You are also with the Consent of the Natives to take Possession of Convenient Situations in the Country in the Name of the King of Great Britain: Or: if you find the Country uninhabited take Possession for his Majesty by setting up Proper Marks and Inscriptions, as first discoverers and possessors. But if you shall fail of discovering the Continent beforemention’d, you will with upon falling in with New Zeland carefully observe the Latitude and Longitude in which that Land is situated and explore as much of the Coast as the Condition of the Bark, the health of her Crew, and the State of your Provisions will admit of having always great Attention to reserve as much of the latter as will enable you to reach some known Port where you may procure a Sufficiency to carry You to England either round the Cape of Good Hope, or Cape Horn as from Circumstances you may judge the Most Eligible way of returning home.

You will also observe with accuracy the Situation of such Islands as you may discover in the Course of your Voyage that have not hitherto been discover’d by any Europeans and take Possession for His Majesty and make Surveys and Draughts of such of them as may appear to be of Consequence, without Suffering yourself however to be thereby diverted from the Object which you are always to have in View, the Discovery of the Southern Continent so often Mentioned.

But for as much as in an undertaking of this nature several Emergencies may Arise not to be foreseen, and therefore not to be particularly to be provided for by Instruction beforehand, you are in all such Cases to proceed, as, upon advice with your Officers you shall judge most advantageous to the Service on which you are employed.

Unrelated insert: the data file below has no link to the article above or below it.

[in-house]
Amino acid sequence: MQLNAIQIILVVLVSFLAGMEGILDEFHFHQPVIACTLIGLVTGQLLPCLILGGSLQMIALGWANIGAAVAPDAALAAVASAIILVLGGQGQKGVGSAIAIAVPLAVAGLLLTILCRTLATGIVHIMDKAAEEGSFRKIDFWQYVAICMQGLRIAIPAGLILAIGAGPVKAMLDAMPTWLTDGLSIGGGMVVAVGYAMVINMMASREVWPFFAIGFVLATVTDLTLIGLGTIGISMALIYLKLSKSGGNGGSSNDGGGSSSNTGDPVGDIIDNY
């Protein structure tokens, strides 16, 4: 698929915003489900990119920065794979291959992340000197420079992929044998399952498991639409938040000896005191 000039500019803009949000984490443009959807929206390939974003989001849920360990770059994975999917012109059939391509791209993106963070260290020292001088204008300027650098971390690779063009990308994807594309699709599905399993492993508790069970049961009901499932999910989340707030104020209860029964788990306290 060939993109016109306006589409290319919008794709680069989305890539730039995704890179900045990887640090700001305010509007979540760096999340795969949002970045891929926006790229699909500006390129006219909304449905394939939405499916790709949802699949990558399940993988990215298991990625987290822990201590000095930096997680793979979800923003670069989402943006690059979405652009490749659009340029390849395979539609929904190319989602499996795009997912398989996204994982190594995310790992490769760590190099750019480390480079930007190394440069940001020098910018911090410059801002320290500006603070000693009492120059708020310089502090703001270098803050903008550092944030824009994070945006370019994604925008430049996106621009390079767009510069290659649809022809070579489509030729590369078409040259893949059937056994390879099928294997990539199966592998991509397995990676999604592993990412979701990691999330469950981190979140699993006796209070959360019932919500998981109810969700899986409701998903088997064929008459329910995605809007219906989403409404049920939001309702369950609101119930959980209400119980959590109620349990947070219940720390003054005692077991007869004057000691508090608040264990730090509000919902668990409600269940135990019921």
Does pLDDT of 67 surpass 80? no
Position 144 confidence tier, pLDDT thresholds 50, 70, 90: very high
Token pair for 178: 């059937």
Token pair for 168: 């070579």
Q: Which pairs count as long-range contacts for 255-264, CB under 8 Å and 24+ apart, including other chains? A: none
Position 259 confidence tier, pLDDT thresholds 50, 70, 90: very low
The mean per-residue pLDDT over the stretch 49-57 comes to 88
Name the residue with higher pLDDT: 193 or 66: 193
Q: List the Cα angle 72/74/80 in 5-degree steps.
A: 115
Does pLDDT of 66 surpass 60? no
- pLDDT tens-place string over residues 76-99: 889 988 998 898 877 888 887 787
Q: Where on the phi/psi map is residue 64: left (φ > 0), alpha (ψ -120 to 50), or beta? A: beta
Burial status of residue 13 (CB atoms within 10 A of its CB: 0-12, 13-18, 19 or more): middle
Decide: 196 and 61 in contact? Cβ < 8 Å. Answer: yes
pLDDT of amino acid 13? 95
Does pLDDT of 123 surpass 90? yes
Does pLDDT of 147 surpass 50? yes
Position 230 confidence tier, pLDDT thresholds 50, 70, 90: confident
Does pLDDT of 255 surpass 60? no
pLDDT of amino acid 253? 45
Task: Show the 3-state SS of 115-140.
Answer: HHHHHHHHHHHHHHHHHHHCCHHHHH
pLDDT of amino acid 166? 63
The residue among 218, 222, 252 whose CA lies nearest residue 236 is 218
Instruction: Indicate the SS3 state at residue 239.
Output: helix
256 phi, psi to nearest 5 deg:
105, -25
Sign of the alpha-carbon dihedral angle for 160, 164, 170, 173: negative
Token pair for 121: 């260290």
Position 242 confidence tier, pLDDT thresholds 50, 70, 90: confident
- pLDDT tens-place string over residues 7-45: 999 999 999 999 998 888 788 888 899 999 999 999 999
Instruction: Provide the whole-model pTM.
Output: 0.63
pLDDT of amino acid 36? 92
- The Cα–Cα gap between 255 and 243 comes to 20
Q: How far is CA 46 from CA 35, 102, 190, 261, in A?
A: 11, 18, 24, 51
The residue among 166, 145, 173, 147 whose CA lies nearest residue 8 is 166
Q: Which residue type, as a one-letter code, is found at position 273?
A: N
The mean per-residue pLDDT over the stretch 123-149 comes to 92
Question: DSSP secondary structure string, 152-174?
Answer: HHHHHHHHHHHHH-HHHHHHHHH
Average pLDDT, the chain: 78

You are to send by all proper Conveyance to the Secretary of the Royal Society Copys of the Observations you shall have made of the Transit of Venus; and you are at the same time to send to our Secretary for our information accounts of your Proceedings, and Copys of the Surveys and discoverings you shall have made and upon your Arrival in England you are immediately to repair to this Office in order to lay before us a full account of your Proceedings in the whole Course of your Voyage; taking care before you leave the Vessel to demand from the Officers and Petty Officers the Log Books and Journals they may have Kept, and to seal them up for our inspection and enjoyning them, and the whole Crew, not to divulge where they have been until they shall have Permission so to do.

Given under our hands the 30 of July 1768

Ed Hawke
Piercy Brett
C Spencer

By Command of their Lordships

Php Stephens


  1. ^ Frederic Spencer Burnell (1915), How Australia Took German New Guinea, Angus & Robertson 
  2. ^ Anzac Memorial, Returned Soldiers Association, 1916, p. 92 

 This article incorporates text from a publication now in the public domainWood, James, ed. (1907). "Sealed Orders". The Nuttall Encyclopædia. London and New York: Frederick Warne.